Biggers: When we sold all our properties, it was a co-deal with them when they sold all their properties to Broadway Video, and parts of them we were selling together because we were both producers. It’s kind of like Total TeleVision productions: It’s out there, but it doesn’t do anything.
Arnold: I have a Gold Key comic book titled The Colossal Show, and on the cover it says, “copyright by Total TeleVision productions.” How did that end up being just a comic book and not a show?
Biggers: We had an agent named Jack Sobol, a very good agent, and he was the agent for some top comedians. He became our agent after the General Mills thing stopped and we were still trying to keep in the cartoon business. Now, you had to sell shows to the network. That’s what changed. No longer could a company like General Mills buy a show and then put it on and now, thanks to Fred Silverman, primarily. The networks were buying their own shows, and we didn’t have the contacts there. And we also didn’t have a factory. They wanted their people to have a factory like Filmation instead of being people like us, hat in hand, where we had to go Mexico or Australia or someplace to get the animation done. They wanted someone primarily with their own animation house. We took Fred to 21 [a New York restaurant], and he loved our presentation, loved our shows, but he never bought any. One of the pitches we made was to NBC, Bud Grant I think it was, and someone who was over him named Larry White. Anyway, we pitched _The Colossal Show_, which had a lead character that had the voice of Phil Silvers—an imitation of Phil Silvers as Bilko—and each show there would be a different guest character doing a celebrity voice impersonation each week. On the pilot it was an imitation of Jack Benny. It was our typical stuff, a comedy with Roman people, and we took it to them and they loved it. They laughed. And the plan was they wanted to buy it. We had another meeting and a handshake, and they bought the series. With that handshake, Jack Sobol went to his friends at the comic-book company and told them to quickly get a comic book out to take advantage of the debut. Then, when the comic book was already in the works, NBC backed out of the handshake. We never knew quite why that happened. It was nothing to do with the show, because nothing had changed.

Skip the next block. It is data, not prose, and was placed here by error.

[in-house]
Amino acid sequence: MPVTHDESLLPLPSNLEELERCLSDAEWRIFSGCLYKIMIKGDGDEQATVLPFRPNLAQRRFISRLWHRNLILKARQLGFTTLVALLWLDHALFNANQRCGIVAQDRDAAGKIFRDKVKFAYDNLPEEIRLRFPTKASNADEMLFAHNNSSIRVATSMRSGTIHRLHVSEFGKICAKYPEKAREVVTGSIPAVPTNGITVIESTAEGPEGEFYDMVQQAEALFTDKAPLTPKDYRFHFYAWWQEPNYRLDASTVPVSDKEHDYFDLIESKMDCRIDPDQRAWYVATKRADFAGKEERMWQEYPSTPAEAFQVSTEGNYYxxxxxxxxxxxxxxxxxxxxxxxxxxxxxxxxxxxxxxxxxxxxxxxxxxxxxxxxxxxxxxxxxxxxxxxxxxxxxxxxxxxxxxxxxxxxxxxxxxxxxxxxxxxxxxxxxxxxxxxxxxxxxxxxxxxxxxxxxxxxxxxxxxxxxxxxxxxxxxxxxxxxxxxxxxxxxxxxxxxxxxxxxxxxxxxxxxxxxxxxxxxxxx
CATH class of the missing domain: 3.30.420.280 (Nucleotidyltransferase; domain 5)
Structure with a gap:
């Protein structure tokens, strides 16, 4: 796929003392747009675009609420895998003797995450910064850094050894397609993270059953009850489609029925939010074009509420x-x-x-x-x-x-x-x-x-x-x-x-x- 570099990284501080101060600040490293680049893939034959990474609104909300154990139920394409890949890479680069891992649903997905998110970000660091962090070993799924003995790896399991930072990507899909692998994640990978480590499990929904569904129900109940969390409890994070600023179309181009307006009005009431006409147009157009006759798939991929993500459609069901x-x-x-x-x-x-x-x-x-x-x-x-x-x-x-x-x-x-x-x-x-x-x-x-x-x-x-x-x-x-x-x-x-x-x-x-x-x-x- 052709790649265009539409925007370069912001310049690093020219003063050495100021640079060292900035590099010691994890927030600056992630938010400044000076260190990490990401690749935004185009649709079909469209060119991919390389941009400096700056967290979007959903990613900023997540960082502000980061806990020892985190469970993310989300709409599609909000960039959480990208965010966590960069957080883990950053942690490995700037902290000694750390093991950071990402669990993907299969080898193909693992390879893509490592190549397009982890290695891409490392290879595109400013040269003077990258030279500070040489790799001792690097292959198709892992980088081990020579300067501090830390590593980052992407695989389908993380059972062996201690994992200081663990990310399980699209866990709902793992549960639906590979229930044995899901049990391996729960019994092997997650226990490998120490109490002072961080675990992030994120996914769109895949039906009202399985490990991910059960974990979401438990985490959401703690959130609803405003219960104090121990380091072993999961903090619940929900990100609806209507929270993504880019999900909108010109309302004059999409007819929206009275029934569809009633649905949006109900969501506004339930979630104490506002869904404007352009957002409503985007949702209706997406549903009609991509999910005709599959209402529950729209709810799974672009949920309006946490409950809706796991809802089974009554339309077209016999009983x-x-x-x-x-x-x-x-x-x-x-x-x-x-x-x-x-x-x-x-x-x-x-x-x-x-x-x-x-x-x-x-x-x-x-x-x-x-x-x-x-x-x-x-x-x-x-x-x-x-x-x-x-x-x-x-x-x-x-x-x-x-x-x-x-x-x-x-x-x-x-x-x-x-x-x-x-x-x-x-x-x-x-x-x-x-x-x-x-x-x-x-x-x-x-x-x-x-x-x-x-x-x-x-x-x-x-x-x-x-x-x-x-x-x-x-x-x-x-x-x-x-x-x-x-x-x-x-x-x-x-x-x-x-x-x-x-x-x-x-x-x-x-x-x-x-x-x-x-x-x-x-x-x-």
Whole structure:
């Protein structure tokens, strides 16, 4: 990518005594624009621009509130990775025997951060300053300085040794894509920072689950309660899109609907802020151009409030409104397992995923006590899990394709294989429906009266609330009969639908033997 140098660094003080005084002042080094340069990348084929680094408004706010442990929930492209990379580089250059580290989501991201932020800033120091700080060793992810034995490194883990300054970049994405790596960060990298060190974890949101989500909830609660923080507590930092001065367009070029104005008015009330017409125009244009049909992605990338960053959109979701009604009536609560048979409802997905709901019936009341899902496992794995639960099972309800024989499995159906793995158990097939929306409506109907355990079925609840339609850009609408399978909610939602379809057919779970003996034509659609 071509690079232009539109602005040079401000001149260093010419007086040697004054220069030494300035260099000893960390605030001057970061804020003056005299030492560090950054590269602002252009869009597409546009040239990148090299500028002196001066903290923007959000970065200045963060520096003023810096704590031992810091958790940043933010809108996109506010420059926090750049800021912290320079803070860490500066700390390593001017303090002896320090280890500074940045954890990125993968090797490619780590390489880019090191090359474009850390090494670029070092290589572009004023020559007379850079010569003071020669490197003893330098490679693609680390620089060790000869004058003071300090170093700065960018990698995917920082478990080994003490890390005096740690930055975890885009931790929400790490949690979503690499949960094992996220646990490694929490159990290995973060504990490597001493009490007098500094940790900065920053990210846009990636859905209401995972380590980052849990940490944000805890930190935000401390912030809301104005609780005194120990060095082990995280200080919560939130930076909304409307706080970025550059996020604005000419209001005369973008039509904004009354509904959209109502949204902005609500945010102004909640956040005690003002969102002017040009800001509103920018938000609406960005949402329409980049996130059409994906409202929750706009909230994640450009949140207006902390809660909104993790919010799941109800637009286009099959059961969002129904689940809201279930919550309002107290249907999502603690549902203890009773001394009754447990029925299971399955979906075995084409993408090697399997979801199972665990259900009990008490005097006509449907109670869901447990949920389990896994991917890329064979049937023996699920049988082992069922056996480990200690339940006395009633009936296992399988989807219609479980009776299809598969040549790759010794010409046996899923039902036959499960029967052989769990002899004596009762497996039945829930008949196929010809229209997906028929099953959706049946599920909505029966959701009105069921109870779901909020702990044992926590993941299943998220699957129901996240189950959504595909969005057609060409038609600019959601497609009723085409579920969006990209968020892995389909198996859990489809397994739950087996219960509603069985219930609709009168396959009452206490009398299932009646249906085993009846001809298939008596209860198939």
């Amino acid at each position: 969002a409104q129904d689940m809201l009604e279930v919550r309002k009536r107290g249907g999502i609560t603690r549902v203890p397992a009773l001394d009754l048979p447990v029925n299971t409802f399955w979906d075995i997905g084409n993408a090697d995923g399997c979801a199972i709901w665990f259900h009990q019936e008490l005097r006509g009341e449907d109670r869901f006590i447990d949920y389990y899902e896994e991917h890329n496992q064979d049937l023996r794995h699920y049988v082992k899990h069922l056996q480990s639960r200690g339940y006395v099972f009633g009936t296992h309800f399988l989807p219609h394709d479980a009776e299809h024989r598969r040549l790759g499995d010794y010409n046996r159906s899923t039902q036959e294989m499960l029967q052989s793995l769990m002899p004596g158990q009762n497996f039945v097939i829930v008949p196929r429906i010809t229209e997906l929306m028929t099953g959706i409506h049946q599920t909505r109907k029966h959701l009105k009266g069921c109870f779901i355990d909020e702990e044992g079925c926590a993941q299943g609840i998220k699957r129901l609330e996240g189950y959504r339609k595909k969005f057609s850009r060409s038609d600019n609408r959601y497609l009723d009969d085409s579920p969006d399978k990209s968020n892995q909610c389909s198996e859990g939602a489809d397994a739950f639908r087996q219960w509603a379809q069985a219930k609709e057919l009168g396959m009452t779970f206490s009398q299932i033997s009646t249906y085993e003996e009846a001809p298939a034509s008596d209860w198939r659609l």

Arnold: Does anything survive of that show? Was anything even shot?
Biggers: There was a pilot, but I don’t know where the hell it is.
Arnold: And that was animated at Gamma as well?
Biggers: No. I think we did that at Terrytoons. I’m not sure.
Arnold: Would it have had a different look to it, or would it have looked about the same as your other series?
Biggers: I don’t think it looked quite the same, but it was close.
Arnold: The comic book looked a bit different. I don’t know if it was one of your regular artists who was handling the comic book.
Biggers: Oh, they did all their own stuff.
Arnold: Were there any other projects then or before that never made it? I know you mentioned one in your book.
Biggers: Parrot Playhouse was the one that was mentioned; that was the one where we did a pilot called “Spoofs and Saddles,” which was a takeoff on Gunsmoke.
Arnold: Were there any other projects like that, even later on?
Biggers: We did a fun pilot, which was really a sales presentation, where we introduced the characters and showed little bits of episodes. This was called Noah’s Lark. It was a billionaire who built a spaceship and set out for planets and had all these people on board.
Arnold: Was that animated or live action?
Biggers: No, it was animated. Different kind of animation totally from anything we’d done.
Arnold: And why didn’t that go anywhere?
Biggers: We were kind of in a vacuum. We hadn’t been out there. We should have been out there doing something, developing contacts, but we had no reason really to expect things to change like they did and we weren’t worried about anything and then all of sudden—wham! Then we tried to get out there, and then when word gets around that you’re not getting any sales, you really don’t get any sales.
Arnold: Oh, yeah. I know how that is. I have a sales background myself. What events led to the closure of TTV? It wasn’t really a closure, because you kept Total TeleVision going as a company until you sold it. Is that correct?
Biggers: Sure, we kept open. In fact, we had a bit of trouble with the IRS because they claimed that we couldn’t file as chapter S, I think it was, and we had to file as a corporation, and it was going to cost us an arm and a leg because we hadn’t done something. Well anyway, we managed to get that all right. We sold the stuff, and since selling the stuff about the only thing we’ve done is taken some option contracts of DVDs for The Beagles, something that we’d all sign.